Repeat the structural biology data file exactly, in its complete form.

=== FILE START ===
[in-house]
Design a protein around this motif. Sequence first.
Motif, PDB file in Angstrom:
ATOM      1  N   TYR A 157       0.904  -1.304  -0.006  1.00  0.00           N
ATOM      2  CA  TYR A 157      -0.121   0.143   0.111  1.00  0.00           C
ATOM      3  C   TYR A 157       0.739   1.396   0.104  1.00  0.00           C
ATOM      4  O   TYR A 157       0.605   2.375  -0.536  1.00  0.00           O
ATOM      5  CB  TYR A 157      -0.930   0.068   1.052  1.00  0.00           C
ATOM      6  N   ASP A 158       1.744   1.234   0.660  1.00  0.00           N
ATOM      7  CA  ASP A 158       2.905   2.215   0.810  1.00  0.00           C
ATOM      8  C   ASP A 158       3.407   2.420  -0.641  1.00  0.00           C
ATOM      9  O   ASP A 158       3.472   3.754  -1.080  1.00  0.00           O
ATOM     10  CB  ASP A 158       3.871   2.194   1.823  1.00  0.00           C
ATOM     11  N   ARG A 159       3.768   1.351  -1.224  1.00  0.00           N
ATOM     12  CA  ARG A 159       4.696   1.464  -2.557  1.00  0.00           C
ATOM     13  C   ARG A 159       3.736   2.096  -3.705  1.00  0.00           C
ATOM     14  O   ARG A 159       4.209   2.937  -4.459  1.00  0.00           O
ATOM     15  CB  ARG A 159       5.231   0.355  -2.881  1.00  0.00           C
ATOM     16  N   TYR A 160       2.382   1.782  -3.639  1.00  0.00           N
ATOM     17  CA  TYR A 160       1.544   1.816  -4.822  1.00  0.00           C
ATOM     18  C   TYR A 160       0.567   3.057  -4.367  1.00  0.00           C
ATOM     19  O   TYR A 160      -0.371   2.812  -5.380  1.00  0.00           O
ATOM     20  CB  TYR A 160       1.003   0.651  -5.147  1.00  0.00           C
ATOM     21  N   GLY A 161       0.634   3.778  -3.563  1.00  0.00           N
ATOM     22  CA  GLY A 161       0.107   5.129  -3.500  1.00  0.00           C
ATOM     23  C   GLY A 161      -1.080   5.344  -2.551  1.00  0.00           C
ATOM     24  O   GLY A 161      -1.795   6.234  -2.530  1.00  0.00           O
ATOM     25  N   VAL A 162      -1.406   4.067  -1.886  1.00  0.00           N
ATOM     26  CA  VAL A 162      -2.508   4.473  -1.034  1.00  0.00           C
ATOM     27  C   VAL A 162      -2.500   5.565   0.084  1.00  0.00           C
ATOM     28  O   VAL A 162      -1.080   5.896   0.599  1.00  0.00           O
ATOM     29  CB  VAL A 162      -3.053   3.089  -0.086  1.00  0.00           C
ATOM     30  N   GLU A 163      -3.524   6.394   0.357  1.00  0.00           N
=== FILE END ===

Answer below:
[in-house]
Design a protein around this motif. Sequence first.
Motif, PDB file in Angstrom:
ATOM      1  N   TYR A 157       0.904  -1.304  -0.006  1.00  0.00           N
ATOM      2  CA  TYR A 157      -0.121   0.143   0.111  1.00  0.00           C
ATOM      3  C   TYR A 157       0.739   1.396   0.104  1.00  0.00           C
ATOM      4  O   TYR A 157       0.605   2.375  -0.536  1.00  0.00           O
ATOM      5  CB  TYR A 157      -0.930   0.068   1.052  1.00  0.00           C
ATOM      6  N   ASP A 158       1.744   1.234   0.660  1.00  0.00           N
ATOM      7  CA  ASP A 158       2.905   2.215   0.810  1.00  0.00           C
ATOM      8  C   ASP A 158       3.407   2.420  -0.641  1.00  0.00           C
ATOM      9  O   ASP A 158       3.472   3.754  -1.080  1.00  0.00           O
ATOM     10  CB  ASP A 158       3.871   2.194   1.823  1.00  0.00           C
ATOM     11  N   ARG A 159       3.768   1.351  -1.224  1.00  0.00           N
ATOM     12  CA  ARG A 159       4.696   1.464  -2.557  1.00  0.00           C
ATOM     13  C   ARG A 159       3.736   2.096  -3.705  1.00  0.00           C
ATOM     14  O   ARG A 159       4.209   2.937  -4.459  1.00  0.00           O
ATOM     15  CB  ARG A 159       5.231   0.355  -2.881  1.00  0.00           C
ATOM     16  N   TYR A 160       2.382   1.782  -3.639  1.00  0.00           N
ATOM     17  CA  TYR A 160       1.544   1.816  -4.822  1.00  0.00           C
ATOM     18  C   TYR A 160       0.567   3.057  -4.367  1.00  0.00           C
ATOM     19  O   TYR A 160      -0.371   2.812  -5.380  1.00  0.00           O
ATOM     20  CB  TYR A 160       1.003   0.651  -5.147  1.00  0.00           C
ATOM     21  N   GLY A 161       0.634   3.778  -3.563  1.00  0.00           N
ATOM     22  CA  GLY A 161       0.107   5.129  -3.500  1.00  0.00           C
ATOM     23  C   GLY A 161      -1.080   5.344  -2.551  1.00  0.00           C
ATOM     24  O   GLY A 161      -1.795   6.234  -2.530  1.00  0.00           O
ATOM     25  N   VAL A 162      -1.406   4.067  -1.886  1.00  0.00           N
ATOM     26  CA  VAL A 162      -2.508   4.473  -1.034  1.00  0.00           C
ATOM     27  C   VAL A 162      -2.500   5.565   0.084  1.00  0.00           C
ATOM     28  O   VAL A 162      -1.080   5.896   0.599  1.00  0.00           O
ATOM     29  CB  VAL A 162      -3.053   3.089  -0.086  1.00  0.00           C
ATOM     30  N   GLU A 163      -3.524   6.394   0.357  1.00  0.00           N